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April 21, 2018

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Harry Reid says ‘dark money’ in campaigns threatens democracy


Manuel Balce Ceneta / AP

Senate Majority Leader Harry Reid of Nevada testifies on Capitol Hill on Tuesday, June 3, 2014.

WASHINGTON — The U.S. Senate’s top Democrat and top Republican testified today at opposite ends of a proposed constitutional amendment to give Congress power to limit outside spending in campaigns.

Senate Majority Leader Harry Reid, a Democrat from Nevada, left his duties running the Senate to testify before the Senate Judiciary Committee in support of a Democratic-proposed constitutional amendment that would prohibit super PACs.

“I am here because the flood of dark money into our nation’s political system poses the greatest threat to our democracy that I have witnessed during my tenure in public service,” Reid said.

National elections have shattered records for outside spending since a series of Supreme Court rulings in 2010 and 2012 opened up campaign spending to corporations and mega-donors.

The tally for the 2012 presidential campaign hit $100 billion, close to the previous 10 presidential elections combined, and the 2014 elections are on pace to be the most expensive midterms ever, with outside spending already at $100 million, according to The Center for Responsive Politics.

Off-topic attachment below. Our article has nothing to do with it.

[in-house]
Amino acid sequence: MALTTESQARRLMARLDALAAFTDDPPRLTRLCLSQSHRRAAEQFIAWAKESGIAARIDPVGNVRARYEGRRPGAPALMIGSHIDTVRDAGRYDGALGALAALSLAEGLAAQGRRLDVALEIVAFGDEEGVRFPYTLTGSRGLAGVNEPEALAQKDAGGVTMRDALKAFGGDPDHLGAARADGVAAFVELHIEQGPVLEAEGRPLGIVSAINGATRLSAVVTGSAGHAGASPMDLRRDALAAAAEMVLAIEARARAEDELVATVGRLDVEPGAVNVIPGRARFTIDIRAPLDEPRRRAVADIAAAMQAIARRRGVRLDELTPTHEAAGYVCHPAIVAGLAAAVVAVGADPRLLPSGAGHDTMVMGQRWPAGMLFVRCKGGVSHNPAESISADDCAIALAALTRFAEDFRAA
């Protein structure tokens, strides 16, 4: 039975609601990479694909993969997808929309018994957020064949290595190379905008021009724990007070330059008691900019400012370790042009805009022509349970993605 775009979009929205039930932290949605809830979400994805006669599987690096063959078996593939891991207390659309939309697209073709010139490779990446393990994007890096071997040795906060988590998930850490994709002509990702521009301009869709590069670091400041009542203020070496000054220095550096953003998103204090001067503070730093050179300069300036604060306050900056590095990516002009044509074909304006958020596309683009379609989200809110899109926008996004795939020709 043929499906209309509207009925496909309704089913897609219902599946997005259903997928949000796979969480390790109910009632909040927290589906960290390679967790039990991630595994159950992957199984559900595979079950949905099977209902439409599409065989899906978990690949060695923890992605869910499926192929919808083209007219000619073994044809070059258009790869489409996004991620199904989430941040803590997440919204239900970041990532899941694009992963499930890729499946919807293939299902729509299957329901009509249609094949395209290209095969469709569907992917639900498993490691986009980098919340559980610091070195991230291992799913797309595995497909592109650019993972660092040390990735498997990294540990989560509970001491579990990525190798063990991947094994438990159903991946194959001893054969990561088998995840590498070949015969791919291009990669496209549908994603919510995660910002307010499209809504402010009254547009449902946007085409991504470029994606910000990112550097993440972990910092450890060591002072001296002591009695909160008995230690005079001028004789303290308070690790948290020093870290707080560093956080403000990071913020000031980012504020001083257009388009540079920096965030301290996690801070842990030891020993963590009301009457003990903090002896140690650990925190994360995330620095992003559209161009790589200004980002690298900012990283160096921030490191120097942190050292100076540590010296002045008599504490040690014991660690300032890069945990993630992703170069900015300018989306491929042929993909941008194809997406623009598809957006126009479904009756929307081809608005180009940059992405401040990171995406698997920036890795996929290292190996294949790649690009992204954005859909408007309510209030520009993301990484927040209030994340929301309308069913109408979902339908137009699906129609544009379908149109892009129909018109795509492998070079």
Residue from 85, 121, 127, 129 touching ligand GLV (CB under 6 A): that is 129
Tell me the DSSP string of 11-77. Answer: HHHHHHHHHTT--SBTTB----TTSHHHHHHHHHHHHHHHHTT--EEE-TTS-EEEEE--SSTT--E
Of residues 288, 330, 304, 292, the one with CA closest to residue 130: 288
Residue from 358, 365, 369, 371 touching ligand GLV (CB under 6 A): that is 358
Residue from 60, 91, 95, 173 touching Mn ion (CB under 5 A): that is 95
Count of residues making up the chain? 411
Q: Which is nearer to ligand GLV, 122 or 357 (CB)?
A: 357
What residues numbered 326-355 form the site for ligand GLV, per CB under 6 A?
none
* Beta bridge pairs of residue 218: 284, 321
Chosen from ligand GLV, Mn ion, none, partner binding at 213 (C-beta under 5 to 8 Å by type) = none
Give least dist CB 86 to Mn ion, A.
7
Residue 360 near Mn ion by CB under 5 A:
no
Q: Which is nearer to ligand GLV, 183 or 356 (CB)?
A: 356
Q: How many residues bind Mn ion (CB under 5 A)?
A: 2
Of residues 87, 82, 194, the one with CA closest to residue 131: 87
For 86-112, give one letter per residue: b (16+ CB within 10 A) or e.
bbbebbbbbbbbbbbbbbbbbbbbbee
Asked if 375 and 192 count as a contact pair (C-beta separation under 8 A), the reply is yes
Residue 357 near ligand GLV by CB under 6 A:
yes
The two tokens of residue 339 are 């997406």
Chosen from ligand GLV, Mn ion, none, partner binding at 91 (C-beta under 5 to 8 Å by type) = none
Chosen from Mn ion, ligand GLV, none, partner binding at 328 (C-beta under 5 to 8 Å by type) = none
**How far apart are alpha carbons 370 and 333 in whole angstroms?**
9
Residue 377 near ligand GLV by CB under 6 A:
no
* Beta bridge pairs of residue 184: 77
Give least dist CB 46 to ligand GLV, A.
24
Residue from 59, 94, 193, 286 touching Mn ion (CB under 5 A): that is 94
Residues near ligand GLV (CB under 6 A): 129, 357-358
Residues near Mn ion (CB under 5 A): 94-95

Republicans, however, argue such a proposal amounts to limiting free speech. Senate Minority Leader Mitch McConnell of Kentucky said the amendment would allow a party in the majority to better tweak campaign finance laws to benefit it.

“When it comes to free speech, we shouldn’t substitute the incumbent-protection desires of politicians for the protection the Constitution guarantees to all Americans,” he said.

Tuesday’s hearing is better viewed as election-year posturing than an actual attempt at reforming campaign finance laws.

Amending the nation’s Constitution is an extremely difficult task, made especially less likely in today’s hyper-partisan environment.

But the presence of the Senate’s two party leaders at today’s hearing on the issue underscores just how close the Senate is to switching hands in November. Many pundits say it’s a toss up.

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